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May 25, 2021

EPA Poised to Propose TSCA Section 8(a) Reporting Rule on PFAS Chemicals

The ACTA Group

On March 1, 2021, the White House Office of Management and Budget (OMB) received for review under Executive Order 12866 (Regulatory Planning and Review) from the U.S. Environmental Protection Agency (EPA) a proposed rule entitled “Reporting and Recordkeeping for Perfluoroalkyl or Polyfluoroalkyl Substances Under Section 8(a)(7) of the Toxic Substances Control Act (TSCA)” (Proposed Rule). This action is required under Section 7351 of the National Defense Authorization Act for Fiscal Year 2020 (NDAA) that amended TSCA Section 8(a). NDAA Section 7351 and TSCA Section 8(a)(7) require EPA to promulgate a rule by January 1, 2023, requiring each person who has manufactured a perfluoroalkyl or polyfluoroalkyl substance (PFAS) in any year since January 1, 2011, to submit to EPA a report that includes, for each year since January 1, 2011, the information described in TSCA Section 8(a)(2)(A)-(G). This includes, to the extent known or reasonably ascertainable to the manufacturers (including importers) of the PFAS:

(A) The common or trade name, the chemical identity, and the molecular structure of each chemical substance [] for which such a report is required.

(B) The categories or proposed categories of use of each such substance [].

(C) The total amount of each such substance [] manufactured or processed, reasonable estimates of the total amount to be manufactured or processed, the amount manufactured or processed for each of its categories of use, and reasonable estimates of the amount to be manufactured or processed for each of its categories of use or proposed categories of use.

(D) A description of the byproducts resulting from the manufacture, processing, use, or disposal of each such substance [].

(E) All existing information concerning the environmental and health effects of such substance [].

(F) The number of individuals exposed, and reasonable estimates of the number who will be exposed, to such substance [] in their places of employment and the duration of such exposure.

(G) In the initial report under [TSCA Section 8(a)(1)] on such substance [], the manner or method of its disposal, and in any subsequent report on such substance [], any change in such manner or method.


OMB’s 90-day review period for the Proposed Rule ends on May 30, 2021. Publication in the Federal Register can be generally anticipated to occur soon after completion of the review.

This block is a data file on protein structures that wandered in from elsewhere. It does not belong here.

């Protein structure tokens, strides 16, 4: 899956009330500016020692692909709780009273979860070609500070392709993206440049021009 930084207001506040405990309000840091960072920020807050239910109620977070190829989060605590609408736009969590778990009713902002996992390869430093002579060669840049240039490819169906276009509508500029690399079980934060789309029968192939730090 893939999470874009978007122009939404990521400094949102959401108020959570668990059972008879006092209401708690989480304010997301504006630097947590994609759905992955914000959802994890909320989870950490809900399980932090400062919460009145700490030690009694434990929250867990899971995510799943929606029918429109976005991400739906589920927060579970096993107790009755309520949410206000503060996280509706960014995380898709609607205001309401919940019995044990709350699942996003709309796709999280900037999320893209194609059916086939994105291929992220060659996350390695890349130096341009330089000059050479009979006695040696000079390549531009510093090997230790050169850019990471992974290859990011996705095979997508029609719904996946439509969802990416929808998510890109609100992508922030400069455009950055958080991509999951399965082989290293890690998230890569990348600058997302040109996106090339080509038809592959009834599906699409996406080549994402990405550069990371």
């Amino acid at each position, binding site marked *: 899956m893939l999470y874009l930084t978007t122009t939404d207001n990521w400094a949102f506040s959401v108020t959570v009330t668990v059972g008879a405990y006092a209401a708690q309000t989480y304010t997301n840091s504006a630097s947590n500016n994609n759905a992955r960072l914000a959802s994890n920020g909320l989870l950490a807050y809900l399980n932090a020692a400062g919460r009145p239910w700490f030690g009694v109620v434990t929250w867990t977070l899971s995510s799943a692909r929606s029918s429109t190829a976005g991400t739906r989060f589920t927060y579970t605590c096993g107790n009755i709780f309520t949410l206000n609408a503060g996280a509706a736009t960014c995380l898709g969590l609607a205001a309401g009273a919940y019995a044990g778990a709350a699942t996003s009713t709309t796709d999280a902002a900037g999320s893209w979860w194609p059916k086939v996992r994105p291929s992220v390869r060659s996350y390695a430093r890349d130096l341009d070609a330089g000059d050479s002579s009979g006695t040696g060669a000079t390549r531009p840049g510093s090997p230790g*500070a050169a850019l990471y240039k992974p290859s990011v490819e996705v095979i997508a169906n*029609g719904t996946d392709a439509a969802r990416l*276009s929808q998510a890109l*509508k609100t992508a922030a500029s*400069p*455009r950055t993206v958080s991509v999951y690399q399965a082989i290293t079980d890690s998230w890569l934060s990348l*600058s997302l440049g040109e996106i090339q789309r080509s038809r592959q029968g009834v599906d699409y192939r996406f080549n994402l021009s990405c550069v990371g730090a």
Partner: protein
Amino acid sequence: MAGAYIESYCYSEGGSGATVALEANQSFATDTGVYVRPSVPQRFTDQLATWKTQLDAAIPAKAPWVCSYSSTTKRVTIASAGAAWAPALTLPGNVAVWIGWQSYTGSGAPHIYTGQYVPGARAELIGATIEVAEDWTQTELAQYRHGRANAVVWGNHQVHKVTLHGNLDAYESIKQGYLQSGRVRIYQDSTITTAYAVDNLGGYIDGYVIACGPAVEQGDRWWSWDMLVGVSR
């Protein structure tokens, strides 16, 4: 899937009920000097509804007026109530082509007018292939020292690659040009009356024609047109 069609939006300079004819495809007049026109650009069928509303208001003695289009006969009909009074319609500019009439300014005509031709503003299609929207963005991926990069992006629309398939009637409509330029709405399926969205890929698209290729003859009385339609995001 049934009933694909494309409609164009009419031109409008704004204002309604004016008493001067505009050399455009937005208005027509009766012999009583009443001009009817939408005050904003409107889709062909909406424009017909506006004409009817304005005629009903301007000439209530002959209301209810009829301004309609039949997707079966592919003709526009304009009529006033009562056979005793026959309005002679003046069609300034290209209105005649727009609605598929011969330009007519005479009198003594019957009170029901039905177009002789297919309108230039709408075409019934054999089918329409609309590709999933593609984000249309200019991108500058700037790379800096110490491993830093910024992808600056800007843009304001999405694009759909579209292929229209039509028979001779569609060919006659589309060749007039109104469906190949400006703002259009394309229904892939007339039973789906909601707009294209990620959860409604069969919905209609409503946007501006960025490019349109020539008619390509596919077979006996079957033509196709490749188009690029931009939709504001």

The details of the Proposed Rule’s reporting requirements and any reporting exemptions remain unclear. It is likely that EPA will include in the Proposed Rule specifics beyond what are included in TSCA Section 8(a)(7) to clarify what must be reported. For example, TSCA Section 8(a)(2)(E) requires the reporting of “[a]ll existing information concerning the environmental and health effects of the substance [].” Considered broadly, this could include information not needed by EPA, or already reported or available (e.g., published studies) to EPA. EPA might also clarify what is included in the category. For example, is a substance with two fluorine atoms a “polyfluoro” substance?

Concerning possible exemptions and other specifics, we anticipate that the rule will be proposed for inclusion in 40 C.F.R. Part 704 Subpart B (Chemical-Specific Reporting and Recordkeeping Rules), where standard definitions, exemptions, and other provisions/procedures currently codified at 40 C.F.R. Part 704 Subpart A would apply, unless made inapplicable or replaced by terms in the specific PFAS rulemaking. General exemptions at 40 C.F.R. Section 704.5 apply to persons that manufacture (including import) or process a covered substance solely as part of an article; as a byproduct, an impurity, or a non-isolated intermediate; or in small quantities for research and development. Additionally, there is a general exemption for “small manufacturers and importers.”

We hope that EPA considers carefully the boundaries of the information that it will require for submission. While EPA has the authority under TSCA to require a very broad set of information, reporting is not a trivial task for submitters and EPA has limited resources to review the information that will be submitted. It has not been that long since EPA received significant information on nano materials that were required to be reported under TSCA Section 8(a), the disposition of which remains unclear. We recognize there is significant interest in all things PFAS. EPA should work with stakeholders to ensure its data gathering efforts are prioritized and well understood.